MIT Researchers develop ‘Paper thin Speakers’ that weigh as much as a coin


In a fascinating development, a group of researchers at MIT’s Organic and Nanostructured Electronics Lab have developed a paper-like framework of speakers, which might even be capable of drawing in Active Noise Cancellation. Here’s what we know so far.

According to Tech Story, the weak film speaker can connect with a surface to change it into a functioning sound source. The new paper-like speakers offer very little sound bending while consuming a lot less power than customary enhancers.

MIT researchers moved away from traditional customary enhancers and instead, used a formed piezoelectric material that moves when voltage is applied to it. To create sound, it moves the air above it. During the development, many difficulties arose, such as the inability to mount it onto a surface. To overcome this problem, the designers at MIT “reexamined” their plan and created little vaults on the piezoelectric material which can vibrate individually. Spacer layers were put on both sides and in between to make the paper-like speakers durable and safe from scratches.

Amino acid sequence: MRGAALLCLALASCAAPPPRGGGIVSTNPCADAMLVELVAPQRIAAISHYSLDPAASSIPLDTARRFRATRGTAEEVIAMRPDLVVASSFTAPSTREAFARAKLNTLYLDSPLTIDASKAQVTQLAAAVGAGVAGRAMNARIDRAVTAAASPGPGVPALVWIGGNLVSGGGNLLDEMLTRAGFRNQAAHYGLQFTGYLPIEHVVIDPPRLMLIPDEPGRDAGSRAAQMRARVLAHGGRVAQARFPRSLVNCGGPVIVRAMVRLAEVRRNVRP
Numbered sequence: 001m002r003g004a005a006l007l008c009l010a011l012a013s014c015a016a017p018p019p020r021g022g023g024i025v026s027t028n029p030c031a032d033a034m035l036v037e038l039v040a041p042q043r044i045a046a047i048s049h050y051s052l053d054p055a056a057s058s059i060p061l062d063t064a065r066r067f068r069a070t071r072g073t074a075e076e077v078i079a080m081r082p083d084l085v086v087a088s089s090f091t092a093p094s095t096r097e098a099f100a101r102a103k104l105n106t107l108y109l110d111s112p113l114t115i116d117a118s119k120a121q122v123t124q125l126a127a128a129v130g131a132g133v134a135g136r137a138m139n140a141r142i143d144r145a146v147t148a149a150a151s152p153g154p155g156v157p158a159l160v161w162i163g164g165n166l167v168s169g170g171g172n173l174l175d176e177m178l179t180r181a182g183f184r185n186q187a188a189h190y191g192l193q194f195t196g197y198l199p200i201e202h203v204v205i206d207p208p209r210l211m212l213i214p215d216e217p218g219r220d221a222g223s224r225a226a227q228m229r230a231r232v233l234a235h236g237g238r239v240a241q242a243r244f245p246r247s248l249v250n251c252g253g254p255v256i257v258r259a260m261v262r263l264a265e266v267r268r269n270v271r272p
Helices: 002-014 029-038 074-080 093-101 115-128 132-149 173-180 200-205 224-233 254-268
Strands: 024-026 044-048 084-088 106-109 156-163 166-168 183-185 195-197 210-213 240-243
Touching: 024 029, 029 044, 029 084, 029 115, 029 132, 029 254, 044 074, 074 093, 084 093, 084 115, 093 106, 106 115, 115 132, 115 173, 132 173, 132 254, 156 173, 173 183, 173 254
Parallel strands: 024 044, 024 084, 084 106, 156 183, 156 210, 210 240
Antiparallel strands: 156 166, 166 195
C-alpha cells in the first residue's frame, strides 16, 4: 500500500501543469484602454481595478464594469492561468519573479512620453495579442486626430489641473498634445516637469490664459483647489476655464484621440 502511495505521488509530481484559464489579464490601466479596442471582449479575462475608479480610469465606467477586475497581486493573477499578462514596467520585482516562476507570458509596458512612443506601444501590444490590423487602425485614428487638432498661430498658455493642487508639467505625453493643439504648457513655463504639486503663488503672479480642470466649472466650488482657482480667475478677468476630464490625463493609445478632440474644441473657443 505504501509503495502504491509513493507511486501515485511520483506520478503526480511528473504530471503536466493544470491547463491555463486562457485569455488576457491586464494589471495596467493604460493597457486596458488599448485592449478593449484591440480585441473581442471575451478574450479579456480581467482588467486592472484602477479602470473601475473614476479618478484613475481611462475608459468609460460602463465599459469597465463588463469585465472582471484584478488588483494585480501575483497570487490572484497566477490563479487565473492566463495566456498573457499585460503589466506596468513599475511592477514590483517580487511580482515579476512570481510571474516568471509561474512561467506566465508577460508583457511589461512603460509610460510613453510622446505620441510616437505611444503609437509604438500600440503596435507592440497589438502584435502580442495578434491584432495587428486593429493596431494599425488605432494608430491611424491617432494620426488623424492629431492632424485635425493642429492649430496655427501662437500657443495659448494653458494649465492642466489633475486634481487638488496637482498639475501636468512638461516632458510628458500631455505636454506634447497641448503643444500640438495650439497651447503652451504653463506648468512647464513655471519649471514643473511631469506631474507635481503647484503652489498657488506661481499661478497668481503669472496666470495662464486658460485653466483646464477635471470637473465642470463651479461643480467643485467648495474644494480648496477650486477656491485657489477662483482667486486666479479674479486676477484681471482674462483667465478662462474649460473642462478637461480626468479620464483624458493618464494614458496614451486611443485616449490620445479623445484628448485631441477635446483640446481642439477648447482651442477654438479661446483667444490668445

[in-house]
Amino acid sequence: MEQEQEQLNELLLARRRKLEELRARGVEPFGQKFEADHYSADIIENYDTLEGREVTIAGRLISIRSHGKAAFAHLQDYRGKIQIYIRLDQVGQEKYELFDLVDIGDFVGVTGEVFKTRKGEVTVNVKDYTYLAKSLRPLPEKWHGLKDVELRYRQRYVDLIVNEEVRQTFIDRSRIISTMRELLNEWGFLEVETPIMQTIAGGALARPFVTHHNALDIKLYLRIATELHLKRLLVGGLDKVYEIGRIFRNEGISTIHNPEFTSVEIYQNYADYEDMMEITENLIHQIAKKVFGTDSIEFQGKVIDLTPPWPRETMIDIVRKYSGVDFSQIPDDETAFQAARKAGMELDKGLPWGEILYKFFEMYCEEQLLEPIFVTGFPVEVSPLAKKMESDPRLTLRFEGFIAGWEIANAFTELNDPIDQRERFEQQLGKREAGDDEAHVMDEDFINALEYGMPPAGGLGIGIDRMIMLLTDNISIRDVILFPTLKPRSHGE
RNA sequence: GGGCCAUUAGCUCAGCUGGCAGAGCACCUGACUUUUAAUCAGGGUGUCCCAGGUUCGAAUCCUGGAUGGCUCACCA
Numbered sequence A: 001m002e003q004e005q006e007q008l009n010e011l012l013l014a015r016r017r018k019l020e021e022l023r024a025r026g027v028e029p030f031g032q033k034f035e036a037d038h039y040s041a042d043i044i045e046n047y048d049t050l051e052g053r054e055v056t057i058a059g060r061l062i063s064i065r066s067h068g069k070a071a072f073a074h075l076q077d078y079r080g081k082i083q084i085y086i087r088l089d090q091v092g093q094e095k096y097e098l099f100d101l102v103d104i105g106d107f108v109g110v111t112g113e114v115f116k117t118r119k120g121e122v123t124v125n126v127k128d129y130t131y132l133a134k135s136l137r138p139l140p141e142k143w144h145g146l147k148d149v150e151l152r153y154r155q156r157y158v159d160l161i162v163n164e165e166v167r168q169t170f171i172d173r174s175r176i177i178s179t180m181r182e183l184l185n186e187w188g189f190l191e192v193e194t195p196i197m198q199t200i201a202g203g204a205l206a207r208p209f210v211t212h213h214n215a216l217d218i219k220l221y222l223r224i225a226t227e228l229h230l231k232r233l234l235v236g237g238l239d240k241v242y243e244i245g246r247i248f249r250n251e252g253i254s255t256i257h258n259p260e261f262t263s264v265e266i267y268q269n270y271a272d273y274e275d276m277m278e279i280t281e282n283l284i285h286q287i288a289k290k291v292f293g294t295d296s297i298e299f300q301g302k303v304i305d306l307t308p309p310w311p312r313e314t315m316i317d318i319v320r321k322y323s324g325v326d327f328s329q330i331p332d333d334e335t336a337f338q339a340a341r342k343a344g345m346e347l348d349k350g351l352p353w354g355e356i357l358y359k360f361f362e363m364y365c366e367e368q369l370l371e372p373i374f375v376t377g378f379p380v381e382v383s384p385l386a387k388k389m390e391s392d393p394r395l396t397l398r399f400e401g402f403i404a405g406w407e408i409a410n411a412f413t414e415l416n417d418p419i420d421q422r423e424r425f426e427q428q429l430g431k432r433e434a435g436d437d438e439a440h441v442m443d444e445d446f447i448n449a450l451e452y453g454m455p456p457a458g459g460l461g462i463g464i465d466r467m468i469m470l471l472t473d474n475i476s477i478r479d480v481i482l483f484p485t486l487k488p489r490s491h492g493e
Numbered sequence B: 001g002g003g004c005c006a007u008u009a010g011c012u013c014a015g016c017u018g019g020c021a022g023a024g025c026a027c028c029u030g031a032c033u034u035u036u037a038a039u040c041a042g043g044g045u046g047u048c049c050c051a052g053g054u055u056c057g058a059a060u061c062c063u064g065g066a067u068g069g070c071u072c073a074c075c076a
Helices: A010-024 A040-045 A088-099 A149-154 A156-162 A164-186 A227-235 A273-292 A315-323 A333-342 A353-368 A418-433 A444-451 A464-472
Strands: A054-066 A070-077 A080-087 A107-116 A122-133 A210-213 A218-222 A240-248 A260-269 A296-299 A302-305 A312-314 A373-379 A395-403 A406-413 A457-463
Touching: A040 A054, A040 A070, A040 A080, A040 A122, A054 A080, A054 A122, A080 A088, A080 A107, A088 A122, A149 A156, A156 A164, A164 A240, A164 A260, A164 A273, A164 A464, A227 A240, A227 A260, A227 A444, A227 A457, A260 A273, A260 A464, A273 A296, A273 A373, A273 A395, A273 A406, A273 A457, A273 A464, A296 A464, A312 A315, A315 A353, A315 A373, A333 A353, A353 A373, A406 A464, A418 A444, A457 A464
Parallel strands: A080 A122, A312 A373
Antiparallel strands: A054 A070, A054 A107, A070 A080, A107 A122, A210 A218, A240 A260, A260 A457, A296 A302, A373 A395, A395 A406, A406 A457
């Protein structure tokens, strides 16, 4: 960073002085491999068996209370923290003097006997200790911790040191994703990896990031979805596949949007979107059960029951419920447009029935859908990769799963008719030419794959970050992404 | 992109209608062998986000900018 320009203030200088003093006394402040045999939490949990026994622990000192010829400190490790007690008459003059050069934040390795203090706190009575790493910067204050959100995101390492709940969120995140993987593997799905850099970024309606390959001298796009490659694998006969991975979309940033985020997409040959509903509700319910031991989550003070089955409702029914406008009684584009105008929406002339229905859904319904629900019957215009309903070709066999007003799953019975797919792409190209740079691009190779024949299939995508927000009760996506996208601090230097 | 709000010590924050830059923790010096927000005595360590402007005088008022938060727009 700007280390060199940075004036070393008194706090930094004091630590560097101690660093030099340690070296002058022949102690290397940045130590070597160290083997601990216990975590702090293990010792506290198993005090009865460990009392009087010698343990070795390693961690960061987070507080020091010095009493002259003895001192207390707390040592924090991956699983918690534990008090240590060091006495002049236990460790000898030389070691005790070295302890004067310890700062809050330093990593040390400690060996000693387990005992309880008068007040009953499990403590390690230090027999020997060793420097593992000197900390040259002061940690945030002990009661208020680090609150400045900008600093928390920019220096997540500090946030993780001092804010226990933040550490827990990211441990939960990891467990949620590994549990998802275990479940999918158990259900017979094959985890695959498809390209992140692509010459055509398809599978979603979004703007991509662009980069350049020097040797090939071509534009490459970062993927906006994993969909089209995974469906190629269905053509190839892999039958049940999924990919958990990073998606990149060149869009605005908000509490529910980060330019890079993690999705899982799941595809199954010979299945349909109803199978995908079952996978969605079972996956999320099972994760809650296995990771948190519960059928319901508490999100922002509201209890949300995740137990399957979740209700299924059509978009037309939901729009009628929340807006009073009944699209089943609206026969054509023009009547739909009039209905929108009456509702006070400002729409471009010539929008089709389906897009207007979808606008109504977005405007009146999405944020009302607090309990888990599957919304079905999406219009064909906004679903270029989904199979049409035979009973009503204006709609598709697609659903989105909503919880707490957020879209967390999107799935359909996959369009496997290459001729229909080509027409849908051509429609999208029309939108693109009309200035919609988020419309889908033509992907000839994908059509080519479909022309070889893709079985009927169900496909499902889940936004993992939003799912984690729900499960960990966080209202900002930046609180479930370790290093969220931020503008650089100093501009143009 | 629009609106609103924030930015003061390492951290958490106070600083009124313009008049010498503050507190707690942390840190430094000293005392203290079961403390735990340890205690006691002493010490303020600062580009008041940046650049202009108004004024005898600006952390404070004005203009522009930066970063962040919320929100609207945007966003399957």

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According to Tech Story, this paper-thin speaker has numerous potential uses. It can be used in cockpits to produce inverse recurrent sounds, similar to how Active Noise Cancellation works. It can also be used in theatres and in amusement park rides to create 3D spatial audio. As its power consumption is very low, it can be utilized in devices with limited battery capacity. As promising as it sounds, there is no guarantee when the paper-thin speakers will be developed for use on a mass scale, so we can only wait for the traditional customary enhancers to be replaced with new paper-thin speakers.

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